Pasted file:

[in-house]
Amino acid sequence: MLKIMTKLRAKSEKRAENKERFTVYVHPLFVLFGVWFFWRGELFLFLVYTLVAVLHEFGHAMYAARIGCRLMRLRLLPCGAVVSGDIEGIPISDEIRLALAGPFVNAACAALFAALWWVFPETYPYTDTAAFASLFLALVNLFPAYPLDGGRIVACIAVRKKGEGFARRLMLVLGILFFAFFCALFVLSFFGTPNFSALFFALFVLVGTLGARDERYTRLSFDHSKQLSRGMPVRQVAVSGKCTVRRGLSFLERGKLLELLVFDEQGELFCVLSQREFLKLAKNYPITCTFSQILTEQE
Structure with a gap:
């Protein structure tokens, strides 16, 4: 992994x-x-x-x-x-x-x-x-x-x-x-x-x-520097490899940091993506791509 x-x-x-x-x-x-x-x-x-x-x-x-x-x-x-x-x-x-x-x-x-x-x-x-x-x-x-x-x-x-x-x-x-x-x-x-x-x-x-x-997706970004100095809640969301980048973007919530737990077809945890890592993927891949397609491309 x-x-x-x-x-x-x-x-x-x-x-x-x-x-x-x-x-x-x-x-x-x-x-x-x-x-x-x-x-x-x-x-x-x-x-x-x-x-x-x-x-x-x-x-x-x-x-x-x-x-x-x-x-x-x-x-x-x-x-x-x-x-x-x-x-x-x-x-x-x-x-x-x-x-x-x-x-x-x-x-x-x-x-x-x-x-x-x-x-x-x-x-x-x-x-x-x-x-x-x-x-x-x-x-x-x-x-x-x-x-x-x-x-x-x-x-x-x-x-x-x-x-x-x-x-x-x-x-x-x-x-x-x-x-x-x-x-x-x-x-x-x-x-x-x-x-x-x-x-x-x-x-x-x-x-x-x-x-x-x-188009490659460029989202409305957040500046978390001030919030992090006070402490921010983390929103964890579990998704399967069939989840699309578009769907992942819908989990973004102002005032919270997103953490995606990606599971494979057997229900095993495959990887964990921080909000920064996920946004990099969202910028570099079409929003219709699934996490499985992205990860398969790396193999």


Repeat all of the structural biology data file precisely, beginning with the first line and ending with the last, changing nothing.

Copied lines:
[in-house]
Amino acid sequence: MLKIMTKLRAKSEKRAENKERFTVYVHPLFVLFGVWFFWRGELFLFLVYTLVAVLHEFGHAMYAARIGCRLMRLRLLPCGAVVSGDIEGIPISDEIRLALAGPFVNAACAALFAALWWVFPETYPYTDTAAFASLFLALVNLFPAYPLDGGRIVACIAVRKKGEGFARRLMLVLGILFFAFFCALFVLSFFGTPNFSALFFALFVLVGTLGARDERYTRLSFDHSKQLSRGMPVRQVAVSGKCTVRRGLSFLERGKLLELLVFDEQGELFCVLSQREFLKLAKNYPITCTFSQILTEQE
Structure with a gap:
């Protein structure tokens, strides 16, 4: 992994x-x-x-x-x-x-x-x-x-x-x-x-x-520097490899940091993506791509 x-x-x-x-x-x-x-x-x-x-x-x-x-x-x-x-x-x-x-x-x-x-x-x-x-x-x-x-x-x-x-x-x-x-x-x-x-x-x-x-997706970004100095809640969301980048973007919530737990077809945890890592993927891949397609491309 x-x-x-x-x-x-x-x-x-x-x-x-x-x-x-x-x-x-x-x-x-x-x-x-x-x-x-x-x-x-x-x-x-x-x-x-x-x-x-x-x-x-x-x-x-x-x-x-x-x-x-x-x-x-x-x-x-x-x-x-x-x-x-x-x-x-x-x-x-x-x-x-x-x-x-x-x-x-x-x-x-x-x-x-x-x-x-x-x-x-x-x-x-x-x-x-x-x-x-x-x-x-x-x-x-x-x-x-x-x-x-x-x-x-x-x-x-x-x-x-x-x-x-x-x-x-x-x-x-x-x-x-x-x-x-x-x-x-x-x-x-x-x-x-x-x-x-x-x-x-x-x-x-x-x-x-x-x-x-x-188009490659460029989202409305957040500046978390001030919030992090006070402490921010983390929103964890579990998704399967069939989840699309578009769907992942819908989990973004102002005032919270997103953490995606990606599971494979057997229900095993495959990887964990921080909000920064996920946004990099969202910028570099079409929003219709699934996490499985992205990860398969790396193999």